New Delhi, March 29 (IANS) Calling the country's IT rules as "flawed", experts at a seminar Thursday said the right to freedom of expression should also provide protection to the content creators.
Speaking at a debate organised by Foundation of Media Professionals (FMP) at the India International Centre, veteran journalist R. Jagannathan held "vested political interests" responsible for the attempts to curtail freedom of expression of media and censorship on social media.
"The attempts at curtailing freedom of expression are motivated by vested political interests, not a desire to remove religiously sensitive content or hate speeches," he said.
Hailing the internet as "the best thing that happened to journalism", Jagannathan said the web levelled the field and "anyone and everyone can have their say now".
"The fact that internet allows for guerrilla journalism, is what threatens the people in power," he added, giving the example of WikiLeaks.
Earlier, Lawrence Liang, a visiting fellow, Centre for the Study of Developing Societies claimed that "while everyone has the right to be offended, the right to offend is almost non-existent".
Liang called for greater safeguards for content-creators as "anyone may get offended by some content and decide to drag the creators to court. While the big corporates can afford to fight lengthy legal battles, same is not true for individuals or small companies".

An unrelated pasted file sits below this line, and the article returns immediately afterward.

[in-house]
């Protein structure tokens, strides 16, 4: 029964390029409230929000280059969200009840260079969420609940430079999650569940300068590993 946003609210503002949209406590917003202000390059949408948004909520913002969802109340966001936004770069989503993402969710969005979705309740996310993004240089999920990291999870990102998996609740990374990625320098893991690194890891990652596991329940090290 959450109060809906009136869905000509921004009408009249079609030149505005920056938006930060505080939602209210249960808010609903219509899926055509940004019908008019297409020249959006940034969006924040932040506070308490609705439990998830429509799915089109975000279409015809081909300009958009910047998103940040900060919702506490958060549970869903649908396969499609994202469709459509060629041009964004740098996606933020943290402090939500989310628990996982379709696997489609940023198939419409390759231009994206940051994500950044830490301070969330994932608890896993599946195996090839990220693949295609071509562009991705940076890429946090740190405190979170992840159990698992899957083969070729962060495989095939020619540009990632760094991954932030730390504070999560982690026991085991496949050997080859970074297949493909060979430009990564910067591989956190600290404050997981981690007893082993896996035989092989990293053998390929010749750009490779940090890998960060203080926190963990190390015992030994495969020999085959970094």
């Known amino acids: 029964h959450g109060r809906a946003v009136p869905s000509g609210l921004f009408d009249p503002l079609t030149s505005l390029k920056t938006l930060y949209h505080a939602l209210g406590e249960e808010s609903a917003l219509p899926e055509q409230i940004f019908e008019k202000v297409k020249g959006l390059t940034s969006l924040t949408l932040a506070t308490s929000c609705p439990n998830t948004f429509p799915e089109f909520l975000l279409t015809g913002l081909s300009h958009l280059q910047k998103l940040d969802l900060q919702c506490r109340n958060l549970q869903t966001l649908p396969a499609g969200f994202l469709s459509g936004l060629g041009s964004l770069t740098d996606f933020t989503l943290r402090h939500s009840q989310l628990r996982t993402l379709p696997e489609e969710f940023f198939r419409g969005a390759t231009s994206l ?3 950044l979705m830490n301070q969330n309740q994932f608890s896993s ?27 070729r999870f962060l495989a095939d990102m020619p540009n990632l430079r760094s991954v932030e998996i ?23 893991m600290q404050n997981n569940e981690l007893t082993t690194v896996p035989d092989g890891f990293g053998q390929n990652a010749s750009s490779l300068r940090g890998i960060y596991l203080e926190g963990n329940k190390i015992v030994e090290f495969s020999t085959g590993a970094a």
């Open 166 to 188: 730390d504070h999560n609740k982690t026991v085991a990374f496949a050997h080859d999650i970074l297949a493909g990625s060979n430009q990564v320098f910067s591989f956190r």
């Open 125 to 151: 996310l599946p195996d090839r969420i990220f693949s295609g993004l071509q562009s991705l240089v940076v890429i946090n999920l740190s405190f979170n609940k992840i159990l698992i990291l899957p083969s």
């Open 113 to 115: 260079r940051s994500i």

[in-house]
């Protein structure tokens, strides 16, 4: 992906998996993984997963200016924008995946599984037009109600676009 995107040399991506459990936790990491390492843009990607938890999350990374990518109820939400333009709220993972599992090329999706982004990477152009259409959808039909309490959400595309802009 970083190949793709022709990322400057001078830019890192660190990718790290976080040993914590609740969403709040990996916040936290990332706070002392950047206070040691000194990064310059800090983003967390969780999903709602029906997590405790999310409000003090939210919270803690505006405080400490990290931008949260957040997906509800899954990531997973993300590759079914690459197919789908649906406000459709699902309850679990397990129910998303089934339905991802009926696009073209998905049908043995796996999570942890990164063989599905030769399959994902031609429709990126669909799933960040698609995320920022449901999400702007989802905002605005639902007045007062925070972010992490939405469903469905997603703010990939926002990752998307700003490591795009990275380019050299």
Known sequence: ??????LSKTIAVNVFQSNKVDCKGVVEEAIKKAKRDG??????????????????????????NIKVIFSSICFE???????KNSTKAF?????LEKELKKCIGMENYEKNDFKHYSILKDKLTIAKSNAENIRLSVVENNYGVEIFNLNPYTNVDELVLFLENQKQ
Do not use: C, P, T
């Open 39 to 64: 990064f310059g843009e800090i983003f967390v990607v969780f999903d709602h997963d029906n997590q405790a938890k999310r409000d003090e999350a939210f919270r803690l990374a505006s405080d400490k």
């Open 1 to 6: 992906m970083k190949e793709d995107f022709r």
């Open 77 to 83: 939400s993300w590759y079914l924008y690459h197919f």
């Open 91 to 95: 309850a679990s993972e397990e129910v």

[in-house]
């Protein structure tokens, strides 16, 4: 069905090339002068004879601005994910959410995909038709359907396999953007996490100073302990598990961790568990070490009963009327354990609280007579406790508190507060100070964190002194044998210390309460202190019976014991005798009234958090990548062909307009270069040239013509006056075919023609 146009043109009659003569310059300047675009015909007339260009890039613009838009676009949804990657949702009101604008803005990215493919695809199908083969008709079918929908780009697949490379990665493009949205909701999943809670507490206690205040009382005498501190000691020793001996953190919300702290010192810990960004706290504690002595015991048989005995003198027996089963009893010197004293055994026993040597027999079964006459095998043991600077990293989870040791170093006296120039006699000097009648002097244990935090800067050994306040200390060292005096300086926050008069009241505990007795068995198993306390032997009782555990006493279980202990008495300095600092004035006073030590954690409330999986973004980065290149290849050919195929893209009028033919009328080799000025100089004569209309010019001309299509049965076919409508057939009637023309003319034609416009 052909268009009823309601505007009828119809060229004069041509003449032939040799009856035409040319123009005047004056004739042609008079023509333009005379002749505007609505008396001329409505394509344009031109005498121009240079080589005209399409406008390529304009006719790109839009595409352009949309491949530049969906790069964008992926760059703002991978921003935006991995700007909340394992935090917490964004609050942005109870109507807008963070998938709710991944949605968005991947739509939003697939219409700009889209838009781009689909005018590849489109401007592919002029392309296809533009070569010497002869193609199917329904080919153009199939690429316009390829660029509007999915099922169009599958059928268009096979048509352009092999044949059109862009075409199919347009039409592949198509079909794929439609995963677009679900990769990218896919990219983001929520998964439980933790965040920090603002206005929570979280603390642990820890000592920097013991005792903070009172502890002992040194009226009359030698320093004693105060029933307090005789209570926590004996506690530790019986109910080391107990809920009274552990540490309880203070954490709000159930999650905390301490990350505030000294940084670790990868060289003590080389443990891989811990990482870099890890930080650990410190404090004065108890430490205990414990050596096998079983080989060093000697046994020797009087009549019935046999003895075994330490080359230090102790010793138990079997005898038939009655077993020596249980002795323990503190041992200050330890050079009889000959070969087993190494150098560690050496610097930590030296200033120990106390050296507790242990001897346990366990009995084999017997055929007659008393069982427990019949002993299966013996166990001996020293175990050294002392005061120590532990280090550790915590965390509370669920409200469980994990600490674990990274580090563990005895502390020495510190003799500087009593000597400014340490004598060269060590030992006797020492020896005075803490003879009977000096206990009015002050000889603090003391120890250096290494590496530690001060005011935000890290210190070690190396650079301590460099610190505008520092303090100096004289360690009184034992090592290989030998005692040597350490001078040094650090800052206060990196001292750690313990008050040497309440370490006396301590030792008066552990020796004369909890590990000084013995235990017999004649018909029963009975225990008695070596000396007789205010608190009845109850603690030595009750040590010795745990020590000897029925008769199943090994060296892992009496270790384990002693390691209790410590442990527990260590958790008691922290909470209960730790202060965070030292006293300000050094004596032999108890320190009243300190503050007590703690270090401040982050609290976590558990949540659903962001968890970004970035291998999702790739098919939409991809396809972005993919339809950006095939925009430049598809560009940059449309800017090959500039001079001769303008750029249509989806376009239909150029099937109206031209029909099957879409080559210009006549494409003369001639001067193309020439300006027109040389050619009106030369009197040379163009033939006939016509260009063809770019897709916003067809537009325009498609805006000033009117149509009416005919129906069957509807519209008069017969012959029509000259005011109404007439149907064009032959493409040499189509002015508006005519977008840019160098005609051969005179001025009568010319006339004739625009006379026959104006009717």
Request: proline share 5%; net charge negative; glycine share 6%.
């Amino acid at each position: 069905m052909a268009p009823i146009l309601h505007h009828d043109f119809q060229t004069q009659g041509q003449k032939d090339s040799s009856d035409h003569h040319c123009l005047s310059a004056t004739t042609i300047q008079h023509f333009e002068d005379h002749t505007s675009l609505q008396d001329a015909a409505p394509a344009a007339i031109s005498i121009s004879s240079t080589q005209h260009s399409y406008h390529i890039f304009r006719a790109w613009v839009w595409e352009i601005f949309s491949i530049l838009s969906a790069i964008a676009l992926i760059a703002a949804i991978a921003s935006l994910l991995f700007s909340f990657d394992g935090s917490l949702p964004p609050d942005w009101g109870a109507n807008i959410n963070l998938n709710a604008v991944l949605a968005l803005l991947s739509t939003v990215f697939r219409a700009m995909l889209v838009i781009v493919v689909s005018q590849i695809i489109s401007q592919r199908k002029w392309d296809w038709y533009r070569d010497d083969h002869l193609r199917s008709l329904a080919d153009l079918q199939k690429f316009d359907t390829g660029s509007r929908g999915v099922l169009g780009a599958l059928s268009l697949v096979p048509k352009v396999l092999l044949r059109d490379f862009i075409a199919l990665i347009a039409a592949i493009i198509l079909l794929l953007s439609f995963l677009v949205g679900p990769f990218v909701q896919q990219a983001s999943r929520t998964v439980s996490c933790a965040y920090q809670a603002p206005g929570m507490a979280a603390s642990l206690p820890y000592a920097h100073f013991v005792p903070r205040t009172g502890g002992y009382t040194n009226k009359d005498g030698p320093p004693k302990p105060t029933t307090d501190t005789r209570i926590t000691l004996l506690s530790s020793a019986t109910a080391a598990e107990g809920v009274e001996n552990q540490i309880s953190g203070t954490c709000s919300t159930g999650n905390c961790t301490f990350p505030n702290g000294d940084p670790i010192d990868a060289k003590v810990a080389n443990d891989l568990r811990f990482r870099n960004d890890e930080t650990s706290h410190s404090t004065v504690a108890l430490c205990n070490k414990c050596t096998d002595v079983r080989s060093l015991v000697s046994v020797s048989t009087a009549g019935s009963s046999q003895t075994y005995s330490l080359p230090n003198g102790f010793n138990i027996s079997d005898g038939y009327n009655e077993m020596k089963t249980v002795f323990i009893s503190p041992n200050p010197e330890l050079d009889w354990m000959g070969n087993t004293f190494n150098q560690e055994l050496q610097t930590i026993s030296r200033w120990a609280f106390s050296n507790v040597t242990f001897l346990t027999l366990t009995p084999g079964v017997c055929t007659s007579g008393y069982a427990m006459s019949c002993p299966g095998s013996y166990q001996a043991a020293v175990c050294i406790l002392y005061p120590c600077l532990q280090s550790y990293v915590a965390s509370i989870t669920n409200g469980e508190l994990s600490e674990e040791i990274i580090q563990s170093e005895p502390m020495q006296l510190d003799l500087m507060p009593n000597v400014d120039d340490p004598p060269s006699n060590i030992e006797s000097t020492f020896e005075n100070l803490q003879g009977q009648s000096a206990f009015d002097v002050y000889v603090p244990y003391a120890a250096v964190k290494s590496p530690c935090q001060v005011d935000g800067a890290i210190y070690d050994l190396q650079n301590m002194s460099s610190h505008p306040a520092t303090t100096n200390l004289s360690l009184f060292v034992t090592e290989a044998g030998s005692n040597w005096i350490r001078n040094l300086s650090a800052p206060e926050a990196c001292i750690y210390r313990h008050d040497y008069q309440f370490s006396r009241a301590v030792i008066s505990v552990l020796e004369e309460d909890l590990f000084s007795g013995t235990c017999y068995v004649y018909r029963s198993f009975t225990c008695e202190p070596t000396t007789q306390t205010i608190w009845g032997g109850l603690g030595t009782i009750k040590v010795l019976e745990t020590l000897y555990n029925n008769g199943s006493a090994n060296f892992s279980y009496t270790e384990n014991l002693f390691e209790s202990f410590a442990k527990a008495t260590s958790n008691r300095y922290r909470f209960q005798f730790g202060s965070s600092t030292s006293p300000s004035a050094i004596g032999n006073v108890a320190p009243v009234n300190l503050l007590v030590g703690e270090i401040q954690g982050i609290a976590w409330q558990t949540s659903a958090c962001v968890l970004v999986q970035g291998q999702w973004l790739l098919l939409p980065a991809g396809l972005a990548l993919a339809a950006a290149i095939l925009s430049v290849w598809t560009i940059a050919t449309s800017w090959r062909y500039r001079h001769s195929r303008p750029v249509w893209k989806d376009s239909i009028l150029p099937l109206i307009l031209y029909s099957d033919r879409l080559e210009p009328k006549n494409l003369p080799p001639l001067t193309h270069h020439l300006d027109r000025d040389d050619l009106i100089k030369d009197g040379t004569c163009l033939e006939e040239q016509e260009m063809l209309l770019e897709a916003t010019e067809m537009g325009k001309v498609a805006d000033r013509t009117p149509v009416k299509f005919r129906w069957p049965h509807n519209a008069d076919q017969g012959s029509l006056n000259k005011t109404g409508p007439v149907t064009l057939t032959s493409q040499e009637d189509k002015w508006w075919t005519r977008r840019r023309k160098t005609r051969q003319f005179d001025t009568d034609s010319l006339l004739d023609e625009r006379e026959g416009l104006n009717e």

"There can be no freedom of speech without freedom after speech," he added.
Liang also claimed that the definition of 'offensive content' was also debatable as what may be offensive to someone, may be perfectly fine for others.
Lawyer Apar Gupta, agreed that the legal definition of offensive content was the main problem as "the lack of guidelines defining objectionable content makes it very easy for anyone to appeal for legal action against any content they find offensive."
Rajya Sabha member P. Rajeev recently moved an annulment motion against Intermediary Guidelines of IT rules that impose censorship responsibilities on the intermediaries such as Google and Facebook. He claimed that the motion will be taken up by the upper house during the second half of budget session.
Writer Shuddhabrata Sengupta claimed that it was surprising how the definition of offensive content changes in different contexts.
"In every religion, there are explicit descriptions of action to be taken against the non-believers. Its something which is the same as hate speech but since it is in religious context, it is perfectly fine for people," he claimed.
However, publisher and chief editor of Harper Collins, V.K. Karthika claimed that while the current IT laws needed amendments, there should also be a measure to safeguard the interests of content-creators such as authors against plagiarism and online piracy as these encroached on their intellectual rights.
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